1. The temporal distance between the tips of CD is quantized in powers of two (p-adic length scale hypothesis) and also the relative position of tips forms a discrete lattice like set in 3-D hyperboloid of future light-cone. Unions of CDs are allowed and they can also intersect and there are CDs within CDs so that one can speak about fractal hierarchy. Most of this is very relevant for the notions like radiative correction, coupling constant evolution, virtual particle, finite measurement resolution, second law, and even quantum cosmology (when one considers very large CDs). I feel that these fundamental quantum physical notions must be feeded explicitly to the mathematics at the fundamental level. I would be astonished if an approach starting from existing mathematical notions such as categories having motivations coming from the internal structure of mathematics of a particular era- in particular the idea to of transferring the results from one branch of mathematics to another one by using functors- could miraculously reproduce these notions.

  2. One can assign M-matrix ("complex" square root of density matrix decomposing to a product of positive square root of diagonal density matrix and unitary S-matrix) to any CD as a representation of zero energy state. The collection of M-matrices orthonormal as zero energy states defines unitary U-matrix. There is a fractal hierarchy of M-matrices (again a physical input) but the product property fails. One cannot arrange CDs to a sequences of CDs so that product decomposition fails and one cannot speak of cobordism category.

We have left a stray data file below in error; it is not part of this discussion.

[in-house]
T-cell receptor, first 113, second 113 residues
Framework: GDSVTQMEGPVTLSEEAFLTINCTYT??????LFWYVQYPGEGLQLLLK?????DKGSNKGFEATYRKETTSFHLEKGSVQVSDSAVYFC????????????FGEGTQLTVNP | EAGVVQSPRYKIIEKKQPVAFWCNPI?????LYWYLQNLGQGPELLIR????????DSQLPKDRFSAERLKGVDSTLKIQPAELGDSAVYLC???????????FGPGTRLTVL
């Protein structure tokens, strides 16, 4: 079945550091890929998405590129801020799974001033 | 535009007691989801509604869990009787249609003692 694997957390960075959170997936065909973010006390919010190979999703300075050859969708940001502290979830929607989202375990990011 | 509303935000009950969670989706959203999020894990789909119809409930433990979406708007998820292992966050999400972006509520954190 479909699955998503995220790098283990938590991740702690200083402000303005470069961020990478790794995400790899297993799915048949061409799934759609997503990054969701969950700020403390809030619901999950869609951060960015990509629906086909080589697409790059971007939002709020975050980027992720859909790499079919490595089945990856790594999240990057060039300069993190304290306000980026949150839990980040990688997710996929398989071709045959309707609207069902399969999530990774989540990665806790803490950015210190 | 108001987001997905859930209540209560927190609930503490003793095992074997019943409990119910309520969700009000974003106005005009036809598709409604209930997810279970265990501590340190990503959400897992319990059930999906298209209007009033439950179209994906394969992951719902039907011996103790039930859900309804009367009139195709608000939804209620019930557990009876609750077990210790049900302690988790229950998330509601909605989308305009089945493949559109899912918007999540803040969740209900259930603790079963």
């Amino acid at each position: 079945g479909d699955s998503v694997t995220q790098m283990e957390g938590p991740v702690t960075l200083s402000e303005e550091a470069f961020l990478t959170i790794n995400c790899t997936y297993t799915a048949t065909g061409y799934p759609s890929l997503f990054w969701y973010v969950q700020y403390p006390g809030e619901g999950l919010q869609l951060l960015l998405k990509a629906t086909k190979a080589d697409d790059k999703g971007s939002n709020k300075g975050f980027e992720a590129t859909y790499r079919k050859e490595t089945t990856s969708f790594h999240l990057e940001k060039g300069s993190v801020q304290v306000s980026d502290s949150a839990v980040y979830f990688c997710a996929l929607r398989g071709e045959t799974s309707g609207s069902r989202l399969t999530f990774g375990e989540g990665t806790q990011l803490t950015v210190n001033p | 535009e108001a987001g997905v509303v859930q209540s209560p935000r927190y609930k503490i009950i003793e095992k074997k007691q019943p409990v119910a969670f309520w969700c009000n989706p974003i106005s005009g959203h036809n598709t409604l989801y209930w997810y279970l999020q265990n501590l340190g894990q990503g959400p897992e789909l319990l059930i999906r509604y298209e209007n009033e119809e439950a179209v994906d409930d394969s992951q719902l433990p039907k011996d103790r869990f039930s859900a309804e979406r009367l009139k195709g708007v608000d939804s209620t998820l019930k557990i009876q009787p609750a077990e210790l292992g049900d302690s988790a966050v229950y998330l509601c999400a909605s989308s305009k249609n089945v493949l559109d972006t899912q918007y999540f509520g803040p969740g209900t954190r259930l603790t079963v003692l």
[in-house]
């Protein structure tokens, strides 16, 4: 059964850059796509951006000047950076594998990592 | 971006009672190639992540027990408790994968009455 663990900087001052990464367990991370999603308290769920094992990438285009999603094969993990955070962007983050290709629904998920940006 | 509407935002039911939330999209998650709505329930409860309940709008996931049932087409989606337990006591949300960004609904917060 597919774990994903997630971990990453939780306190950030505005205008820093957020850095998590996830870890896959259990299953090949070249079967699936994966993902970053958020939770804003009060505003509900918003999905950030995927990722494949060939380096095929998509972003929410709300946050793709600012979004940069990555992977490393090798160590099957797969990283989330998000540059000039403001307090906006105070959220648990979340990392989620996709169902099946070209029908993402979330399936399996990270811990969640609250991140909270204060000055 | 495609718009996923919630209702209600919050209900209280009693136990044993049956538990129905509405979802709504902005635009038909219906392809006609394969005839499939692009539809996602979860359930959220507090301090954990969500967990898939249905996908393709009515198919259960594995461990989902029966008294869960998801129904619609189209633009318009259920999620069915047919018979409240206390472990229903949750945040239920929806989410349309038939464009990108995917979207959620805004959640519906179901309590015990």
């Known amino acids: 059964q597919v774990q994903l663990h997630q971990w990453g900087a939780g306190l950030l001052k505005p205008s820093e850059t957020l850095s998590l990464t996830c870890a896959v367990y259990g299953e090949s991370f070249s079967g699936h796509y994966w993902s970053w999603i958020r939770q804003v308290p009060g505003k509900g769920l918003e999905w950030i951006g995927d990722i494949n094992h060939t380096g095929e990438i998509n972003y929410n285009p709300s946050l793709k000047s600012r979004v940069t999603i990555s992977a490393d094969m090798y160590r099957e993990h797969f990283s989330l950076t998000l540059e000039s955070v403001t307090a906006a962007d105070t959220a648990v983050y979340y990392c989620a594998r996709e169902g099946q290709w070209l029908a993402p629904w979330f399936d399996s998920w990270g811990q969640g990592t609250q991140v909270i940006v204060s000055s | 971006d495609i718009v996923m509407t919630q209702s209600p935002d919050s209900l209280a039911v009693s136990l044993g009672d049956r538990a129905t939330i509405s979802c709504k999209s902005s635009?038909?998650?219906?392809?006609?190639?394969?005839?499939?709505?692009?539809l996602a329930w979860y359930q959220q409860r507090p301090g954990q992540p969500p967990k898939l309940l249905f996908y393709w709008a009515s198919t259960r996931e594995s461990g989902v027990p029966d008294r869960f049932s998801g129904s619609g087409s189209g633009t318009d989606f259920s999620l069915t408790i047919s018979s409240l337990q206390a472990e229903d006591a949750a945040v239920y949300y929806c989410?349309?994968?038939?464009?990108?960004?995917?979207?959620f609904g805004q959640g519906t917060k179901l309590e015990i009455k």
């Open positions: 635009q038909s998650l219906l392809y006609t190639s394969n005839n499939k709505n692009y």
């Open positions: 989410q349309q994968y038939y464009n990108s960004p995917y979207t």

3. Product property implying a representation of S-matrix as an exponential of interaction Hamiltonians is also inconsistent with number theoretical universality stating that M-matrices make sense in all number fields. In p-adic context the continuous unitary time evolution in non-sensical as follows from the fact that p-adic exponent function does not have the physical properties of real exponent function. To define the counterparts of the exponent of Hamiltonian one must introduce the counterparts of phases exp(iEt) as roots of unity appearing in algebraic extension of p-adic numbers. Discretization and number theoretical quantization are unvoidable. One has chronons and the classical Hamiltonian flow picture fails.

Quinn says many other things but just these points stimulated sufficient interest in me to write these comments. I recommend the article warmly for physicists willing to understand how mathematicians see the science.